The Blessed Tomato Sandwich

I wrote the column below for the Oakhurst Leaflet. After yesterday’s excursion to the Farmer’s Market, it seems like a good time to post it.

If I were to open my own restaurant, this would be the signature dish: “Summer Sandwich: Sliced heirloom tomatoes served on toasted home style bread with sea salt, cracked pepper, and mayonnaise.”

Southern natives will immediately recognize this as a gussied-up version of the humble tomato sandwich. I offer this as the signature dish for my imaginary restaurant because this ordinary concoction is to my mind one of the greatest pleasures of the summer–and with summer coming to a close, you have precious little time left to enjoy one.

No food is more perfect than the tomato while it’s in season. The plastic blobs tossed carelessly on our dinner salads and the pale tasteless linings to our fast-food sandwiches blind us to the glorious and heady wonders of an authentic, home-grown, blood-red tomato, sun-warmed and sweet. It’s the kind my grandmother described with joy in her old age: taking a jar of tomatoes she’d canned in August, she would sit down in the middle of December and lay one, whole, on a sandwich, just to get a taste of the bygone summer in the dead of winter.

Everyone who loves tomato sandwiches understands this feeling. The tomato is one of those foods whose days of wine and roses, like ours, are not terribly long. To prepare one for eating therefore requires an appropriate sense of reverence. The tomato sandwich–a blessed sacrament of warm bread and sunny tomato resting on a bed of cool creamy mayonnaise–provides a wonderful opportunity to experience this blessing.

Here is my version, honed after years of practice:

1. Go out into your garden and pick a tomato. Failing that, get the best local tomatoes you can find, preferably from a roadside farm stand. Hurry, because you won’t find them in the store from October through May.

2. Take two pieces of white bread and toast until lightly brown. Do not use wheat bread–it will overwhelm the flavor of the tomatoes and, even worse, will deteriorate into sogginess almost immediately.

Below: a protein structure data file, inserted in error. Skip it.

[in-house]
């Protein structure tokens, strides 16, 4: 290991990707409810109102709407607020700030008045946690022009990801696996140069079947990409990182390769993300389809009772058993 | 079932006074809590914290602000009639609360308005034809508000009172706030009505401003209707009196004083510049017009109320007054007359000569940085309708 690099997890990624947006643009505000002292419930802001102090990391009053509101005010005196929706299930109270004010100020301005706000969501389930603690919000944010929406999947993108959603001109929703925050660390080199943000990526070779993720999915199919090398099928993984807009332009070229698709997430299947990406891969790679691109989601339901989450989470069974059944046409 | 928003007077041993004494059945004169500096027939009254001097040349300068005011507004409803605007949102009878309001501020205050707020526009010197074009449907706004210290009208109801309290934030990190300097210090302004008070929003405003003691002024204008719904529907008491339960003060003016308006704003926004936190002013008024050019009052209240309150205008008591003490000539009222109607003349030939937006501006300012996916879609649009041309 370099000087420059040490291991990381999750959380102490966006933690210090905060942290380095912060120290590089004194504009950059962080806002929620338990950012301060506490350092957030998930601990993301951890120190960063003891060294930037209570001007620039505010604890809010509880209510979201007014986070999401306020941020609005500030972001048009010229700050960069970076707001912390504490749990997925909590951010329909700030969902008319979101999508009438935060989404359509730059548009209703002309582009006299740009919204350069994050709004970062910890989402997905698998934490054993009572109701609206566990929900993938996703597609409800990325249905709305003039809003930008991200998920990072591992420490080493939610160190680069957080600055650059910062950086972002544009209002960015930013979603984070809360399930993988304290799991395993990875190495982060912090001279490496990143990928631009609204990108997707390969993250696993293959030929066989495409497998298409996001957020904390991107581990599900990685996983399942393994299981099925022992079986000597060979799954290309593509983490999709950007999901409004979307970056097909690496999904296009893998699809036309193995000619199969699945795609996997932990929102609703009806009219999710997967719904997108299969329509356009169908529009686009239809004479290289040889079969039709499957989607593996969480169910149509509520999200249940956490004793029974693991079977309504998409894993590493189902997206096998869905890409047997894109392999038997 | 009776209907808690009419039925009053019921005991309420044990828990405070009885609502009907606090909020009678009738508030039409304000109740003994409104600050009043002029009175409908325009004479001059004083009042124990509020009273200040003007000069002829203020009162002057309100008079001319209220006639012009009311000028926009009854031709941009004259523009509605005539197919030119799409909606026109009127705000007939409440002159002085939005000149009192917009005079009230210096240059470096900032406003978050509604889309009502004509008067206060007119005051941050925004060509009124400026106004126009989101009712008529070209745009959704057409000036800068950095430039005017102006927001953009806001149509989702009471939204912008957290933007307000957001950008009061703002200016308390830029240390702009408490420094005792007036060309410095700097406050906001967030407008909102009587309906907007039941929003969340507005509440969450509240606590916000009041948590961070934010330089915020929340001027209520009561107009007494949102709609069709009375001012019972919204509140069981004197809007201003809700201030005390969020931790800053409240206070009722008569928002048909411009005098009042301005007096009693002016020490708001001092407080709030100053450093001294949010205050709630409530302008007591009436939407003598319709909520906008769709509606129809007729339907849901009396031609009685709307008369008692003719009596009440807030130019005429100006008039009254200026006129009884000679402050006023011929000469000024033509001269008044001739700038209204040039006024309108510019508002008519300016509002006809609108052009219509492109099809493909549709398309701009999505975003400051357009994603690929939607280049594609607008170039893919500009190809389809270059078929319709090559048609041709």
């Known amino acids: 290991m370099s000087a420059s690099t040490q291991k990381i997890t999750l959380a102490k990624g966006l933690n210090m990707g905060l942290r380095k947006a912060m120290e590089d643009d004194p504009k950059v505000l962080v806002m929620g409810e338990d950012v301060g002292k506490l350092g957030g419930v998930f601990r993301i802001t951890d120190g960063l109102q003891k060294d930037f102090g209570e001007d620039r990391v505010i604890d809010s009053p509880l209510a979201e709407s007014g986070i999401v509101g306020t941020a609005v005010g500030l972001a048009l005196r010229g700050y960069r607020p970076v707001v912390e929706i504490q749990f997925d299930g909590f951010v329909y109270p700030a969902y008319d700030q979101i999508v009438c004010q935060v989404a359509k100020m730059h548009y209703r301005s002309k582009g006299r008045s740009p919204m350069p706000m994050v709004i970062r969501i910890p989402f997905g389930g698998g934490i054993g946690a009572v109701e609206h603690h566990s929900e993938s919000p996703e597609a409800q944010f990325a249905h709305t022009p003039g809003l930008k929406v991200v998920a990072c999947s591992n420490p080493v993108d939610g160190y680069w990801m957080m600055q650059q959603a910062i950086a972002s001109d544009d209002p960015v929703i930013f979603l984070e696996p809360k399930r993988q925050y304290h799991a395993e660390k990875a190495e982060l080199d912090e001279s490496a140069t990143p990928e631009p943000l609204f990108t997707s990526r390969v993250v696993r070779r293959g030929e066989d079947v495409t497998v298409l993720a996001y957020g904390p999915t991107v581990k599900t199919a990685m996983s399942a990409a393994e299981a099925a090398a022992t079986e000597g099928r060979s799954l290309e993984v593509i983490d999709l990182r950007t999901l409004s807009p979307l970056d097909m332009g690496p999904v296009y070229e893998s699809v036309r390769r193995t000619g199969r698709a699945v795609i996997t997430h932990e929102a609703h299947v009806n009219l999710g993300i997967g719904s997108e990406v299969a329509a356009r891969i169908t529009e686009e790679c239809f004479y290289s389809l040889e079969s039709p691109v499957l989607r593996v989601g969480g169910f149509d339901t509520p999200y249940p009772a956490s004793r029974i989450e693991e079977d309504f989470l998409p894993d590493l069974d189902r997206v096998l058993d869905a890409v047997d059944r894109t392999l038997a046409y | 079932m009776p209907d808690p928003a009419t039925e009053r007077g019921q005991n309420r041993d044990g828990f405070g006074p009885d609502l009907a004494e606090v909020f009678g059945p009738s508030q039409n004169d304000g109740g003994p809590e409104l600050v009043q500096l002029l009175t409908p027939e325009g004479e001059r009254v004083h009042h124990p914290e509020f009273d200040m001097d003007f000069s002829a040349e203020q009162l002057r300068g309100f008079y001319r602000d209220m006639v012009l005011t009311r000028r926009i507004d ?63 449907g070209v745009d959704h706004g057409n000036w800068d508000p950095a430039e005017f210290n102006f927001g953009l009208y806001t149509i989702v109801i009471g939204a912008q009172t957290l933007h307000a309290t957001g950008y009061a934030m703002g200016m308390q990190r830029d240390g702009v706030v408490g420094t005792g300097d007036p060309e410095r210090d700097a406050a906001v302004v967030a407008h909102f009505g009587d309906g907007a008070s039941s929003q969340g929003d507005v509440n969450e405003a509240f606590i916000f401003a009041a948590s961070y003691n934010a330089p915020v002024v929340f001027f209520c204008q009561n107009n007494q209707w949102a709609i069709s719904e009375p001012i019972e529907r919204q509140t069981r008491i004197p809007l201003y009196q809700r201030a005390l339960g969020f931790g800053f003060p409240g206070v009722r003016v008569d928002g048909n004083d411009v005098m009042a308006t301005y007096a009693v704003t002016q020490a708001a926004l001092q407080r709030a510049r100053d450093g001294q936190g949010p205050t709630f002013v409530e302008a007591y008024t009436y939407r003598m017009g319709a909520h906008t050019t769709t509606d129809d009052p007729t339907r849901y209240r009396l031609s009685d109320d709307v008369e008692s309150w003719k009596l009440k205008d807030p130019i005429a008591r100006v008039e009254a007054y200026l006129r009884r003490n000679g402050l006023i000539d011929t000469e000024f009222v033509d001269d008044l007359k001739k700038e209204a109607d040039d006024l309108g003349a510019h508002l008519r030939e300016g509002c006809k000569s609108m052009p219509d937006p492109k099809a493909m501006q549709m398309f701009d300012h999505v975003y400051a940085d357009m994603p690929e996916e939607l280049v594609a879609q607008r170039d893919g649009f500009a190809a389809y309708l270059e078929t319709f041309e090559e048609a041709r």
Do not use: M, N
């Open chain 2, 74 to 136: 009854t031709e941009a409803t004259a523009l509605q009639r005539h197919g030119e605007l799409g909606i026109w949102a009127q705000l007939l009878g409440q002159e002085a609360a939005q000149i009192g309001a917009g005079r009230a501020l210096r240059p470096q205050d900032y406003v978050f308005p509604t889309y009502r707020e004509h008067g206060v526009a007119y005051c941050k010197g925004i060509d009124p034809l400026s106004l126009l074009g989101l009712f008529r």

3. While bread is toasting, slice your tomatoes, then halve the slices. This allows for proper distribution of the tomatoes on the bread.

4. When bread has toasted, spread a thick layer of mayonnaise (no light or nonfat!!) on both slices of bread. Distribute tomatoes over one of the slices. Salt and pepper tomato slices. A New York Italian friend who spent many years down South suggests celery salt. I am skeptical but he’s a great cook, so I offer it as a variation. Press second slice of bread on the first and cut into two triangles.

5. Pour yourself a glass of milk and head outside. Enjoy your tomato sandwiches while the last rays of summer shine on you. Then stay outside for a little longer and watch your neighbors walk by. Later, play with your children or give someone you love a phone call. Life is short, but tomatoes are still around, and there’s always hope for another summer.

Raleigh Farmer’s Market

Yesterday was my first excursion to the Raleigh Farmer’s Market, and what a great event it was. I can’t yet download pictures but will show them in all their glory in a later post.

Obviously re-invigorated by the sight of the field-grown tomatoes, the multi-colored peppers, the slightly crooked home-baked cakes, and the piles of okra, the tattered remnants of my East Tennessee accent suddenly mustered themselves and came charging out of my mouth.

“Kin ah git sum of those tahmaytahs?” I heard myself say.

“Sure, hunny.”

The best part was picking up tomatoes and knowing their ACTUAL VARIETIES: Mountain Spring, German Johnson, Brandywine. The Brandywine were by far the best I sampled but it’s easy to see why they haven’t become widely popular: not only are they tender and easily bruised, but they also look like mutated creatures from outer space. Unfortunately I ate the most interesting sample last night for supper, but it looked like a red spaceship that had sprouted multiple horns.

My wallet empty and my car full, I went home happy. I have no recipes to report–the best way to prepare vegetables this good is sprinkle them with salt, pepper, a little olive oil, and maybe some balsamic vinegar if you feel zippy.

I just wish I could transfer some of these vegetables to Fred, who is apparently subsisting on hot dogs, wings, and corned beef sandwiches.


We return to blog-land, but now with a whole new life.

This morning I start a new job in Durham, NC, leaving our beloved ATL behind. Fred has gone back there to finish his job and sell our house. He will join me in January if all goes as we hope.

I miss him. But I’m living with a friend here, enjoying reconnecting with good friends here, and glad to be starting this job. And looking forward to visiting the Raleigh Farmers Market this weekend.